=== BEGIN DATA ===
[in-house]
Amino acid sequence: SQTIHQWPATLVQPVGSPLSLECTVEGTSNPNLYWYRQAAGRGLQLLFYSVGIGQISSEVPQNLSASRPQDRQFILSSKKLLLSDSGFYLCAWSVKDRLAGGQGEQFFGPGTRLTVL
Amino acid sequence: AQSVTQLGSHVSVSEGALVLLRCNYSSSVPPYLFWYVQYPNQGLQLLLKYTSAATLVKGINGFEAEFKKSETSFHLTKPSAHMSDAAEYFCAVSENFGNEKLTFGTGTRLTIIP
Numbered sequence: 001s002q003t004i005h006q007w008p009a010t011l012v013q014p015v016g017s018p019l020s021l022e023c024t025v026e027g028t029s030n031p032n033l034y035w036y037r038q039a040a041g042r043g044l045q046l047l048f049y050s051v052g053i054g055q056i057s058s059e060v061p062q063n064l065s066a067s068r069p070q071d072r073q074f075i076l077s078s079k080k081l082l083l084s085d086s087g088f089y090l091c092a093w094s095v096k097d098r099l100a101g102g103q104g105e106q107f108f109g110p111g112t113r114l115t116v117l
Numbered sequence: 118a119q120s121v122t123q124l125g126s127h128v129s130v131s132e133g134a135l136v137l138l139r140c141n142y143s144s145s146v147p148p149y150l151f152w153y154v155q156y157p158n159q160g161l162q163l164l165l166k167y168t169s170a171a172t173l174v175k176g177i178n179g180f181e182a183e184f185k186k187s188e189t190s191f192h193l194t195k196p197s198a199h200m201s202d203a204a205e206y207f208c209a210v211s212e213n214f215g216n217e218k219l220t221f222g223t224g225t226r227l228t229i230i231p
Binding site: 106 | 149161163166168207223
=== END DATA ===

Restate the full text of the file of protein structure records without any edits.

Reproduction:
[in-house]
Amino acid sequence: SQTIHQWPATLVQPVGSPLSLECTVEGTSNPNLYWYRQAAGRGLQLLFYSVGIGQISSEVPQNLSASRPQDRQFILSSKKLLLSDSGFYLCAWSVKDRLAGGQGEQFFGPGTRLTVL
Amino acid sequence: AQSVTQLGSHVSVSEGALVLLRCNYSSSVPPYLFWYVQYPNQGLQLLLKYTSAATLVKGINGFEAEFKKSETSFHLTKPSAHMSDAAEYFCAVSENFGNEKLTFGTGTRLTIIP
Numbered sequence: 001s002q003t004i005h006q007w008p009a010t011l012v013q014p015v016g017s018p019l020s021l022e023c024t025v026e027g028t029s030n031p032n033l034y035w036y037r038q039a040a041g042r043g044l045q046l047l048f049y050s051v052g053i054g055q056i057s058s059e060v061p062q063n064l065s066a067s068r069p070q071d072r073q074f075i076l077s078s079k080k081l082l083l084s085d086s087g088f089y090l091c092a093w094s095v096k097d098r099l100a101g102g103q104g105e106q107f108f109g110p111g112t113r114l115t116v117l
Numbered sequence: 118a119q120s121v122t123q124l125g126s127h128v129s130v131s132e133g134a135l136v137l138l139r140c141n142y143s144s145s146v147p148p149y150l151f152w153y154v155q156y157p158n159q160g161l162q163l164l165l166k167y168t169s170a171a172t173l174v175k176g177i178n179g180f181e182a183e184f185k186k187s188e189t190s191f192h193l194t195k196p197s198a199h200m201s202d203a204a205e206y207f208c209a210v211s212e213n214f215g216n217e218k219l220t221f222g223t224g225t226r227l228t229i230i231p
Binding site: 106 | 149161163166168207223